New West Records 2018
Rodney Crowell’s Christmas Everywhere is the album that’ll restore your belief in the spirit of Christmas. December finds me kicking and dragging my feet as it pulls me towards Christmas. I’m not in the mood. No tree, no carols, and especially no malls! The last thing I thought I’d find myself doing is listening to a new Christmas album, much less reviewing one. I can only imagine what Rodney Crowell was thinking as he was writing the songs that would become Christmas Everywhere. Crowell who self-professes being sour on all things related to Christmas put out a by gum Christmas album, his first ever. It’s the last thing any of us expected in this topsy turvy year and yet here we are.
As I’m listening to the album, I come to realize I had been listening to it for the third day in a row, most of that time hitting replay for the song, “When The Fat Guy Tries The Chimney On For Size”. This song had the same effect on me as Hayes Carll’s soulful, “Grateful For Christmas” did on Rodney back in 2011. Crowell says the song “jolted him out of a self-indulgent funk” and also “tweaked his creative curiosity”. The song is powerful in all forms lyrical and musical. It’s a hybrid of Mavericks meets Kamasi Washington meets Ry Cooder meets Rodney Crowell and is funky as hell. The melding of this new song with the comfortable traditional Christmas melodies is fantastic. From the ice breaking simple keyboard to the smooth electric guitar and bass to the Rodney Crowell take on the night before Christmas lyric it’s an instant classic. Rory Hoffman ads to the magic of this song with a tenor sax that, well, keeps this song on constant rotation. Rodney’s lyric, “It’s only then you start to realize, the more you want to give than to receive, is when you feel the magic hidden up the fat guy’s sleeve”. That’s the line that helps you believe again.
As one of the few Christmas traditions to escape commercialism (barely), “The Night Before Christmas” is the muse for the first song on the album which is also the last song recorded. “Clement’s Lament (We’ll See You in The Mall)” is a traditional Christmas song in feel with the angelic vocals of Tania Hancheroff, Kim Keyes, and Dan Knobler. The lyrics are pure Rodney Crowell as he slides in the phrase, “We won’t bother with the truth when those we love are near”. This is not your typical Christmas album. I’m piqued. The next song, and title song, “Christmas Everywhere” written with Gypsy Jazz guitarist and composer John Jorgenson, captures the frenzied pace we’ve become accustomed to this time of year. One of my favorite phrases in this song isn’t a written word, it’s a perfectly placed sigh that is brilliant.
Rodney has had this album in the works for some time. The songs on the album are all original and were written over the course of his career, the earliest dating back to the early eighties. Becoming a grandfather I’m certain had a lot to do with taking stock in Christmas and realizing perhaps a Christmas album Rodney Crowell style is something worth undertaking. There were songs he had penned that were sitting homeless in his writer’s notebook. In the mid-nineties he and Chuck Cannon wrote the jangle (jingle) bells blues “Christmas Makes Me Sad”. Ten years later while writing songs for their album KIN Rodney and Mary Karr wrote “Christmas In Vidor”. The beautiful song, (referring to a tacky color wheel tree), “Merry Christmas From An Empty Bed” was co-written with Brennan Leigh in 2015.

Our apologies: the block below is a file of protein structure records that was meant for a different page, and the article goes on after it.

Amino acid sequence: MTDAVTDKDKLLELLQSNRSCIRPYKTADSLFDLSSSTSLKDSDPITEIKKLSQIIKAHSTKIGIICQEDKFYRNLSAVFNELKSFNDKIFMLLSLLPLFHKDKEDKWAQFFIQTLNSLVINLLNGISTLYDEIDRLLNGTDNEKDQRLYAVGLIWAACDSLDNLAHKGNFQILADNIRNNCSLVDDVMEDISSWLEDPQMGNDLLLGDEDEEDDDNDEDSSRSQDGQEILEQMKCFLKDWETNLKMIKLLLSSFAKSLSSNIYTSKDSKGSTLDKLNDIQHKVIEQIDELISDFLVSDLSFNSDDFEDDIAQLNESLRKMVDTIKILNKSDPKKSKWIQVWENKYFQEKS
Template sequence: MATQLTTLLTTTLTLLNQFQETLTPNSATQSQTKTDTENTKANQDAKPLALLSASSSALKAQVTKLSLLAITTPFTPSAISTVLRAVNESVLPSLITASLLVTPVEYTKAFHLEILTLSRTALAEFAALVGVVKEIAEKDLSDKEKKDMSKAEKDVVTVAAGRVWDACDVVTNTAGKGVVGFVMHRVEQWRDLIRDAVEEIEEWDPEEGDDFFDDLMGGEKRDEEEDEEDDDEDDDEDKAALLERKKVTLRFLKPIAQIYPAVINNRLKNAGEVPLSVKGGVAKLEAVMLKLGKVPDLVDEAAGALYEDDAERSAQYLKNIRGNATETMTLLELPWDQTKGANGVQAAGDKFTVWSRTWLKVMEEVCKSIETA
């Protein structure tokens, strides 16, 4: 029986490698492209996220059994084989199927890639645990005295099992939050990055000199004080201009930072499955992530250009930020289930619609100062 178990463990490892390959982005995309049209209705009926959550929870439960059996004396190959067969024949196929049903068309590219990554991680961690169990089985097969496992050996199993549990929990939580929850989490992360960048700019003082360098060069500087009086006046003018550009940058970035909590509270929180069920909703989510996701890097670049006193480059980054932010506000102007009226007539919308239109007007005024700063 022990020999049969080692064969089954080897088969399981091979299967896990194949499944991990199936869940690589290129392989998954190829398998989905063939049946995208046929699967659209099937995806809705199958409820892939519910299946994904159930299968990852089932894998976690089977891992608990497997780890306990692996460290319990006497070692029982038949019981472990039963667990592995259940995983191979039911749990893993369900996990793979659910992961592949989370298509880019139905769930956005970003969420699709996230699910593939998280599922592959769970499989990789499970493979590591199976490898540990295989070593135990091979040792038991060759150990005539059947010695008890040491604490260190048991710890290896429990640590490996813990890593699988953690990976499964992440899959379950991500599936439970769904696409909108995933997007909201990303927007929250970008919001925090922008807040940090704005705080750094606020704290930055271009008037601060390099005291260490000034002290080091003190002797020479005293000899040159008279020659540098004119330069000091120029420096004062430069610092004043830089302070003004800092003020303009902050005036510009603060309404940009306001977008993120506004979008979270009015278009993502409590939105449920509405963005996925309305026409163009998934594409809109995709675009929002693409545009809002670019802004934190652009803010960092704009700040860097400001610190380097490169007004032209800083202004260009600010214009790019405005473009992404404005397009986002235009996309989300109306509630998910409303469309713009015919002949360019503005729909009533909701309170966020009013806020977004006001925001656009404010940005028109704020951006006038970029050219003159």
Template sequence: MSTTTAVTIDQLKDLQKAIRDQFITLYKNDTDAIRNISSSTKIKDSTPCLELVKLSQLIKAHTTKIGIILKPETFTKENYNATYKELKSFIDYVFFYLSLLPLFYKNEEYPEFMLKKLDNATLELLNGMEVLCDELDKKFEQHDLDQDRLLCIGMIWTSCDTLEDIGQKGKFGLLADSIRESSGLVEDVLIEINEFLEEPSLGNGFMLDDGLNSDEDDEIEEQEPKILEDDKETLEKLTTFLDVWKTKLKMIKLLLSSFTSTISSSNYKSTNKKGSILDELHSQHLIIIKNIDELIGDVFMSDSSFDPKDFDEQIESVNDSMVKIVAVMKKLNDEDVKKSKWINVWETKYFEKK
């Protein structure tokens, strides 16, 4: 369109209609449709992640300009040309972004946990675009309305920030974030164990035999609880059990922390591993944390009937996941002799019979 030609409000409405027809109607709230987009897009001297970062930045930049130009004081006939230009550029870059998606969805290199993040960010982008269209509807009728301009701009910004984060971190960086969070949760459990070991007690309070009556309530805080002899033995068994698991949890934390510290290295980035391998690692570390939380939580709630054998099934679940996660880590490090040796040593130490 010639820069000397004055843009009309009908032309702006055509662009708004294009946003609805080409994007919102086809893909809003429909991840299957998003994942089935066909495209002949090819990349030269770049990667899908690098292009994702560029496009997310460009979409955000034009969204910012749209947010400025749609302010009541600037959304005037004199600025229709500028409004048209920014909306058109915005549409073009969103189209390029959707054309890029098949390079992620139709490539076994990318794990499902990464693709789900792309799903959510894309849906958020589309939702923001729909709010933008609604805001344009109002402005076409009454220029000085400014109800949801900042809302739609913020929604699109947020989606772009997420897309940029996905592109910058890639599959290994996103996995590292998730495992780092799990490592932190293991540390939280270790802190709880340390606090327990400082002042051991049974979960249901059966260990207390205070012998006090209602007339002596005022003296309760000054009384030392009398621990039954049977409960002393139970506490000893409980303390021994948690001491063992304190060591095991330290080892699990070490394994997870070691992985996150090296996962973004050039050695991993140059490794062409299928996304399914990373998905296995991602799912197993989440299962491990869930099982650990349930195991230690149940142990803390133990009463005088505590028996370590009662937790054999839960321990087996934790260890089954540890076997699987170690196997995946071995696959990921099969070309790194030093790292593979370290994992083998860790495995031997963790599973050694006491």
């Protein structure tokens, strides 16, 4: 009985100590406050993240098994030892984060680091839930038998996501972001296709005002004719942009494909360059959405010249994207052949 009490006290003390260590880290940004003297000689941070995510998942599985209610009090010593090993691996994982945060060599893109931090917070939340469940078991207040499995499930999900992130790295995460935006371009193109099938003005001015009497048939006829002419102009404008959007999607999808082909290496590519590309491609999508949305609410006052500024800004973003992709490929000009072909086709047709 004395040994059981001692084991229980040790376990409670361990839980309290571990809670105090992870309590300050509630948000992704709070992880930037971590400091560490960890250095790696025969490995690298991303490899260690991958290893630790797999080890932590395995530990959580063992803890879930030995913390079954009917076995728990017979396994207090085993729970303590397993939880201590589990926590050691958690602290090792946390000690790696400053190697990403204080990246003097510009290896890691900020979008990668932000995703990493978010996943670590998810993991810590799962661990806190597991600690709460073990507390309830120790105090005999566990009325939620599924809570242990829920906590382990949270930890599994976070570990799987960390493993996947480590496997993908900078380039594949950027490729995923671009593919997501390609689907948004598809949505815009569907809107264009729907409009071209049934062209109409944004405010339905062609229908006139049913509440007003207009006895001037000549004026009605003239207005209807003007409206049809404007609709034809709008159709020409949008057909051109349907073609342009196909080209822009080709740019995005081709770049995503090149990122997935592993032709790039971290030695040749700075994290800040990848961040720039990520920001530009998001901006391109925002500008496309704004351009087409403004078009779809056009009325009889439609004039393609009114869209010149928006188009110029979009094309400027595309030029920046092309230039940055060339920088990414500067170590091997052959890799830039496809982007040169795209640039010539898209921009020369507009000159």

Written at about the same time as the title song, Rodney wrote the aforementioned “When The Fat Guy Tries The Chimney On For Size”, the reflective “Christmas In New York”, the country swinging “Christmas For The Blues”, and the rocker, (written with famed poet Mary Karr), “Let’s Skip Christmas This Year”. “Very Merry Christmas” is a juke joint rocker.
One of the prettiest songs on the album, “Come Christmas”, is a traditional ballad. The melody was written by Crowell’s then ten and eight-year-old granddaughters Addie and Iris. Rodney came home to find them sitting side by side on the piano playing this tune they had made up. Fortuitously, he recorded the melody and then spent months composing the lyrics. A generation had passed since he had written songs with their mothers. As children, Rodney’s daughters Hannah and Caitlin would write silly little songs with their father. The first song recorded for the album and the song that draws the album to a close is one of these songs. “All For The Little Girls And Boys” somehow made it on cassette tape all those years ago and features the childhood voices of Hannah, Caitlin, and Chelsea Crowell singing with their dad.
As an aside, I had walked away from radio and new music back when the airwaves and the industry began to swing away from art. Then one day I discovered Rodney Crowell on a late night local music show. It made me take notice and he introduced me to Americana. I owe all my music sense to him. If you follow my trail back it leads right into “Fate’s Right Hand”. How poetic is that! All these years later he’s reminding me Christmas is still there. You just need to dig a bit more.
Christmas Everywhere was produced by Dan Knobler. This is a Christmas album for the ages. Enjoy it. May it bring you peace.
• Viola Krouse